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FCC to Examine Children's Exposure to TV Sex, Violence


WASHINGTON — A second federal agency on Tuesday trained regulatory scrutiny on the beleaguered entertainment industry--announcing a new examination focusing on the amount of sex and violence aired by the nation's television stations.

The Federal Communications Commission, which oversees the powerful broadcasting industry, said it will examine whether stations are promoting inappropriate programming when children are likely to be watching TV.

"We believe that broadcasters' obligation is not only to protect children from objectionable programming but also to offer positive and educational programming for children," wrote FCC Chairman William Kennard in a letter to Capitol Hill lawmakers.

Kennard added: "As a parent, I . . . share your concerns about the effect of television on our children."

The FCC's initiative came the day after the Federal Trade Commission released an exhaustive study that found the entertainment industry systematically marketed violent, adult-oriented films, music and video games to consumers under 17 years old.

At least four entertainment industry executives--including Artemis Records President Danny Goldberg and Peter Moore, president of video game giant Sega of America--are expected to face tough questioning about the FTC's findings during a hearing today being held by the Senate Commerce Committee.

But the timing of the hearing, Kennard's letter and the FTC report have fueled outrage among some Hollywood executives--and sparked suggestions by some groups that Washington lawmakers may be trying to reap political gains from regulatory scrutiny of Hollywood.

President Clinton initially gave the FTC until December to complete its report on the entertainment industry. And the FCC was approached about the issue back in May by a group of senators that included Joseph I. Lieberman of Connecticut, now the Democratic vice presidential candidate. But the lawmakers who initiated the inquiries deny any politics is being played.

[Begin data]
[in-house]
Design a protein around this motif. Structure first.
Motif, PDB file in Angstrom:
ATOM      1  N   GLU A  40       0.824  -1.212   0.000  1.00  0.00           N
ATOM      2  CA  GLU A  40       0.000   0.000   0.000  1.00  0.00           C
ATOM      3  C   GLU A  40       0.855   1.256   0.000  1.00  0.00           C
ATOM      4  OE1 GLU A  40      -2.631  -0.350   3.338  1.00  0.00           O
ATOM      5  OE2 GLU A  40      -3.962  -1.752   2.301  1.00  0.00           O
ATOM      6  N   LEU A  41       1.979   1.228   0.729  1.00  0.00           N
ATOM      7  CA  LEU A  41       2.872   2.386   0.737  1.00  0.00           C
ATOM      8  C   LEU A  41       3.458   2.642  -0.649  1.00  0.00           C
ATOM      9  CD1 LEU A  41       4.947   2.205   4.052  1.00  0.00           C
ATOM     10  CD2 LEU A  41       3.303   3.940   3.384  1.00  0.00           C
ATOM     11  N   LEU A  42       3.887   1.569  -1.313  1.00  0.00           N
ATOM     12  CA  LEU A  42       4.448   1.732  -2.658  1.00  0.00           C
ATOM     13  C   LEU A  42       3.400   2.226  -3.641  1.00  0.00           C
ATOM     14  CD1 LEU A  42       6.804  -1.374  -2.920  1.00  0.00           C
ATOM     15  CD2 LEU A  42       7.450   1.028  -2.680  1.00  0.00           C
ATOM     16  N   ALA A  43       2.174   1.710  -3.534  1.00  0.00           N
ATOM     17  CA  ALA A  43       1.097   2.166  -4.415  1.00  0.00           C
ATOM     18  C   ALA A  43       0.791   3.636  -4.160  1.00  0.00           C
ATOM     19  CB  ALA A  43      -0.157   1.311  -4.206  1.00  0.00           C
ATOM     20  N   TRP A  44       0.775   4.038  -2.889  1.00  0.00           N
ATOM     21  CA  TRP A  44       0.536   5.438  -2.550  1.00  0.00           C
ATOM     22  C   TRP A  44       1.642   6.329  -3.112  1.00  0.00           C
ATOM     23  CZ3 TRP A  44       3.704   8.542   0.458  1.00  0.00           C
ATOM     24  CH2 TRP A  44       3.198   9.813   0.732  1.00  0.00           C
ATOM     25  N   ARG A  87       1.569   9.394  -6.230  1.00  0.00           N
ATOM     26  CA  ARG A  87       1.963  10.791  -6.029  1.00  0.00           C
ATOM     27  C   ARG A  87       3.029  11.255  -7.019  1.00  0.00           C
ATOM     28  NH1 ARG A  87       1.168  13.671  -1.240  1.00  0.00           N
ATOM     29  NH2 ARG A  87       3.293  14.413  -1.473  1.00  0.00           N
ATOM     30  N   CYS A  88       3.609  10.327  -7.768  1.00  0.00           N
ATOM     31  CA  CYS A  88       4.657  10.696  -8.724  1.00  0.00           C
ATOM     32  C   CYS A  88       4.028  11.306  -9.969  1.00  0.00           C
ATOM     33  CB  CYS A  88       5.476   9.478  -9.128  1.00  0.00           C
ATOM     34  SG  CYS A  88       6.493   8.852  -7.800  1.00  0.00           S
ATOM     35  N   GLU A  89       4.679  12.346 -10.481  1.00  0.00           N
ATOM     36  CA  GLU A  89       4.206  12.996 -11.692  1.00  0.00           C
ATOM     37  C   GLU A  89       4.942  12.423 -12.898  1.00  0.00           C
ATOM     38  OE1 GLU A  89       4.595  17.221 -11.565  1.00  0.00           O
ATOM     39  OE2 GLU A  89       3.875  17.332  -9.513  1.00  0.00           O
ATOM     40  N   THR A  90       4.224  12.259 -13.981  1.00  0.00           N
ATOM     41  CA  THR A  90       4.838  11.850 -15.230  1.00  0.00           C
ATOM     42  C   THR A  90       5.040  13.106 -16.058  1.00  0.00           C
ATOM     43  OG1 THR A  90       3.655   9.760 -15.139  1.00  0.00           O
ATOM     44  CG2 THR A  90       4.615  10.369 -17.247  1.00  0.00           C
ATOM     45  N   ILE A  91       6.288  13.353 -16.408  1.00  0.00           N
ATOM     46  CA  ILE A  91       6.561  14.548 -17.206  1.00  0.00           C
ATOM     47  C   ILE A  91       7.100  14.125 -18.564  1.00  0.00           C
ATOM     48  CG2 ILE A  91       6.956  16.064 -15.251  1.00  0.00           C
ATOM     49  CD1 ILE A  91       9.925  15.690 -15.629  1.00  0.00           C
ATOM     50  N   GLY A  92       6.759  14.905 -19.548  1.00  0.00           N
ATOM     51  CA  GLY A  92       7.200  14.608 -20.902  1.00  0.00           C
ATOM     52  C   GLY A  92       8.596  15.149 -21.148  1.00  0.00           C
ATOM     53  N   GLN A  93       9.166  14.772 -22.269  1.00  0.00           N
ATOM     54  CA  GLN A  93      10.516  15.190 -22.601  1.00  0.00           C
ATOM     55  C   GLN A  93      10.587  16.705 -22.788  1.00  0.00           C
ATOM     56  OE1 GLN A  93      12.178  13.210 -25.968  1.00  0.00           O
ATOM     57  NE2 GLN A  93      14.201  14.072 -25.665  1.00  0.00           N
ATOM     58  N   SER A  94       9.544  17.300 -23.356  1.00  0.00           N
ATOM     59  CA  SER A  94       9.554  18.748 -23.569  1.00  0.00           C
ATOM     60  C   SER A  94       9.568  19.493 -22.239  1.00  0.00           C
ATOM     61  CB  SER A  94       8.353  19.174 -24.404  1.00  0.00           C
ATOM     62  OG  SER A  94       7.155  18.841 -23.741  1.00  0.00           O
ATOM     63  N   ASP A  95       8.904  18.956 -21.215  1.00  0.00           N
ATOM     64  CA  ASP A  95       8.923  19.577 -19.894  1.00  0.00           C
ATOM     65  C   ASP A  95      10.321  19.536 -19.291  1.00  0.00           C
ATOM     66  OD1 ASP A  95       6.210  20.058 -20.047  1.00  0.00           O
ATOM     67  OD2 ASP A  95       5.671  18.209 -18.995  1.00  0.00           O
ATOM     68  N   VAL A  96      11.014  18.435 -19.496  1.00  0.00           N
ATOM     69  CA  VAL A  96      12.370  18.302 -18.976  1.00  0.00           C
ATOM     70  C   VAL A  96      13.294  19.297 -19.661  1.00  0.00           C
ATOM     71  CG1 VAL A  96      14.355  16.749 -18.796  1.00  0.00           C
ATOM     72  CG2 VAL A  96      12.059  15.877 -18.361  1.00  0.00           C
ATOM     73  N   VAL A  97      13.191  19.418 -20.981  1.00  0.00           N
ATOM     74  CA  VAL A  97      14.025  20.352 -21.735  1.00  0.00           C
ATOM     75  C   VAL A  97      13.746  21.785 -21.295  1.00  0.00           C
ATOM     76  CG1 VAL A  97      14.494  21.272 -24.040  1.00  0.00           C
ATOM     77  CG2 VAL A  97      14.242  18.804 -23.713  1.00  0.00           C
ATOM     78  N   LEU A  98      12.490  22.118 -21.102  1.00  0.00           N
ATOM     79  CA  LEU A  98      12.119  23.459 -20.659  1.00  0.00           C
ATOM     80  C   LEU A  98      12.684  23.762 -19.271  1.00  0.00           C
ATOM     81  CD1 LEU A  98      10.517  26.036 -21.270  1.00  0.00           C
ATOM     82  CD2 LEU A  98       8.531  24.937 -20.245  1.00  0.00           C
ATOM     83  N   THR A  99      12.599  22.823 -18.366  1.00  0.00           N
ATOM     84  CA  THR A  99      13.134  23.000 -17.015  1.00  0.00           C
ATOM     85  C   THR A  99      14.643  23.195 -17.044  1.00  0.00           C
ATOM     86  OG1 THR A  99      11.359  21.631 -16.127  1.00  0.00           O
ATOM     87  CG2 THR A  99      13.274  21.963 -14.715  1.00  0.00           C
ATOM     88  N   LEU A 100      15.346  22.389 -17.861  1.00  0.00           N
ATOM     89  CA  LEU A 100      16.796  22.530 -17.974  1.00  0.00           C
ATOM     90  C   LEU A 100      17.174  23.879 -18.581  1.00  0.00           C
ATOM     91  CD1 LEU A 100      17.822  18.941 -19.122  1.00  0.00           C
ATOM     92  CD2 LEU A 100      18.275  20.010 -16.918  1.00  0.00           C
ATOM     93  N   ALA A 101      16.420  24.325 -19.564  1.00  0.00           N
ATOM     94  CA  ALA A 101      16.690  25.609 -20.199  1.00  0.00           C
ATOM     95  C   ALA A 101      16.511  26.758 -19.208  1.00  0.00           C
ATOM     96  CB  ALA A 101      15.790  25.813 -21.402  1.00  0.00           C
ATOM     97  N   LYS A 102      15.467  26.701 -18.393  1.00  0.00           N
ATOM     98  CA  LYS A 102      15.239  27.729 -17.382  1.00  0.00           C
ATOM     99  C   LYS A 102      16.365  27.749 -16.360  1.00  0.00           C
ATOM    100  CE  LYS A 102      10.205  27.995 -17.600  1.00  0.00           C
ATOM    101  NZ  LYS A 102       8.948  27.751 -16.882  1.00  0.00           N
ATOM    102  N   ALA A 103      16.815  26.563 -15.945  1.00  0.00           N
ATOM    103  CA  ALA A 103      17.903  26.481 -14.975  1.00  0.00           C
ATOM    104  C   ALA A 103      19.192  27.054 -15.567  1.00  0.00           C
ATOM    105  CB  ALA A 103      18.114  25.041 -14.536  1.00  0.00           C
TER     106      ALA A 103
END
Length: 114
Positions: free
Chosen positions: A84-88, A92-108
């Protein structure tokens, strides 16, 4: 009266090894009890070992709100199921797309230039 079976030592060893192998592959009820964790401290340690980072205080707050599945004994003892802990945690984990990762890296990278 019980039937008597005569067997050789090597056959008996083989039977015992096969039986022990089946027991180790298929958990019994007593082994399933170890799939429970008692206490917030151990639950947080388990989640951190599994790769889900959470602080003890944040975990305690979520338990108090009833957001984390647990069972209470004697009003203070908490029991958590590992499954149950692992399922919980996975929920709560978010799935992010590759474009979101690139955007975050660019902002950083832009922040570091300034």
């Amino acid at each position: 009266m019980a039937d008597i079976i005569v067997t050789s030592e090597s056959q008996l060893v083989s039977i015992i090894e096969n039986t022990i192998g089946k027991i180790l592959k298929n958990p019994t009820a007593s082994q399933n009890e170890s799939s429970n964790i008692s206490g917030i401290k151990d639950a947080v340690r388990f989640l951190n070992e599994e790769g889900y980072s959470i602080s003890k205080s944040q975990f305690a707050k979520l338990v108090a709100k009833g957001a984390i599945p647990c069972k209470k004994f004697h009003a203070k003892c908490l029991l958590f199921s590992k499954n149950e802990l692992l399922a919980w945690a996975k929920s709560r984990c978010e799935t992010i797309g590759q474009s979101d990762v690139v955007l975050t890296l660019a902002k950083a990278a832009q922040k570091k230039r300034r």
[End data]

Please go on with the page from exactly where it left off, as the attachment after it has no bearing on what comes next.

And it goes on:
"We actually pushed the FTC to release their report [earlier]. We are disappointed that it took this long," said Dan Gerstein, Lieberman's communications director. "The timing is purely coincidental."

A spokeswoman for the FCC said she didn't know why the agency chose to announce an October hearing the day after the FTC report was released.

David Horowitz, head of a 1st Amendment watchdog group, questioned the timing of the government's initiatives. "I don't know what the motivation . . . is, but the FCC's letter--coming out on the heels of the FTC's report--seems awfully curious," said Horowitz, executive director of the Media Coalition Inc. of New York. "It is a concern when we start hearing that about new regulation and legislation" that could run afoul of the 1st Amendment.

In his letter, Kennard said the FCC will hold hearings in October to solicit public comment on broadcasters' programming obligations to children. The announcement comes four months after Lieberman and Sens. John McCain (R-Ariz.), Robert C. Byrd (D-W.Va.) and Sam Brownback (R-Kan.) wrote a lengthy letter to the FCC complaining about sexual vulgarity and violence on the airwaves.

The senators sought assurances from the FCC that the agency would consider examining TV programming when station owners come before the FCC to renew their broadcast licenses. They also wanted the FCC to create an industry code of conduct.

Kennard endorsed the senators' call for broadcasters to revive a voluntary industry programming code to ensure the appropriateness of programming during times children are likely to be watching. Legal experts, however, said a revival of the code could face a court challenge because the Justice Department ruled in 1982 that a previous broadcast industry code violated antitrust laws.

In another initiative, the FCC on Thursday will review at its monthly meeting how children's programming requirements should be extended in a new era of broadcasting as the nation's TV stations transition from analog to digital formats. Under current FCC rules, stations must air three hours of educational programming for children each week. A decision on revising the rules is not expected to be finalized until next year.

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